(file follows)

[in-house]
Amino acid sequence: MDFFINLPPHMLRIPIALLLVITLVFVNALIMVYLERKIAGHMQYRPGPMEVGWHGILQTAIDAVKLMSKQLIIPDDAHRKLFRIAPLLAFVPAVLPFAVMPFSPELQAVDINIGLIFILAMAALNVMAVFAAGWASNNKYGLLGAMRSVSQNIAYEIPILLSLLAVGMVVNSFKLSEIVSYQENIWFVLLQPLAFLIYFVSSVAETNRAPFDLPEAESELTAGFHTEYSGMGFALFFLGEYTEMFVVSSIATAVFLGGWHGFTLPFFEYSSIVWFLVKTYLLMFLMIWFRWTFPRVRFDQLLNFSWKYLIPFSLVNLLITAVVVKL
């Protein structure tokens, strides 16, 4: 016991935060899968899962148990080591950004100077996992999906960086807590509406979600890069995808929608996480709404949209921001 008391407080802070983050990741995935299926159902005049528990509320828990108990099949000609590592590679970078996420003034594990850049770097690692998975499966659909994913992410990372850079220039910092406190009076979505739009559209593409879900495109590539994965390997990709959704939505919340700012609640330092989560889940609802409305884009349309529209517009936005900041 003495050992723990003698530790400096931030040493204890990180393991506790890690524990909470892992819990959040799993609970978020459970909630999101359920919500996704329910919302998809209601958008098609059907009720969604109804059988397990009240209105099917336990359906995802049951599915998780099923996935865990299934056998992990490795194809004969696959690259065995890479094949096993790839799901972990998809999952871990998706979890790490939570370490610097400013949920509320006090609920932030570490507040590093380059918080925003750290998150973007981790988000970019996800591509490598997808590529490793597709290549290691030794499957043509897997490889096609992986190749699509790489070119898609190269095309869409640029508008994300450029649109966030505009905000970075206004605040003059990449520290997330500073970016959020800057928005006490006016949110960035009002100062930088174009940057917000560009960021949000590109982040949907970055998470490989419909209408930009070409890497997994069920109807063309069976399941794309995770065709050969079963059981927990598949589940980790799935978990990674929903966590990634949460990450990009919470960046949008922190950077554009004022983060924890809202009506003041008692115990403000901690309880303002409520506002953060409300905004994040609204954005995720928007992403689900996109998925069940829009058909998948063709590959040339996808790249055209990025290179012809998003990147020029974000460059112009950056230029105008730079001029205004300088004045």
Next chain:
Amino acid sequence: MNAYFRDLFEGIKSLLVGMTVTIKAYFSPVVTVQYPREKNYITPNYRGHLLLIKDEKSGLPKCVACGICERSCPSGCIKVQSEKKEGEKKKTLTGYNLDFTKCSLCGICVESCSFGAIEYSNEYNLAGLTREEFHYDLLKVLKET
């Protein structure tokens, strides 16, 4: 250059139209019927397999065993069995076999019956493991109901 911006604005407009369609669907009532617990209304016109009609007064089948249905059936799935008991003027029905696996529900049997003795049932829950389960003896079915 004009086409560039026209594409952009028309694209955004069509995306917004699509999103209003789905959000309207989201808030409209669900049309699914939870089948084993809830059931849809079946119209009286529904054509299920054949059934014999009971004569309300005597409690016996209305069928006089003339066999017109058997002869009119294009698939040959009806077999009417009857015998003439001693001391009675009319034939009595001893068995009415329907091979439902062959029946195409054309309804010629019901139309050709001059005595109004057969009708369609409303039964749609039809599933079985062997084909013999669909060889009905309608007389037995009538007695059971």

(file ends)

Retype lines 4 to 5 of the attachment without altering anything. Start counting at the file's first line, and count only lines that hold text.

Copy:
Next chain:
Amino acid sequence: MNAYFRDLFEGIKSLLVGMTVTIKAYFSPVVTVQYPREKNYITPNYRGHLLLIKDEKSGLPKCVACGICERSCPSGCIKVQSEKKEGEKKKTLTGYNLDFTKCSLCGICVESCSFGAIEYSNEYNLAGLTREEFHYDLLKVLKET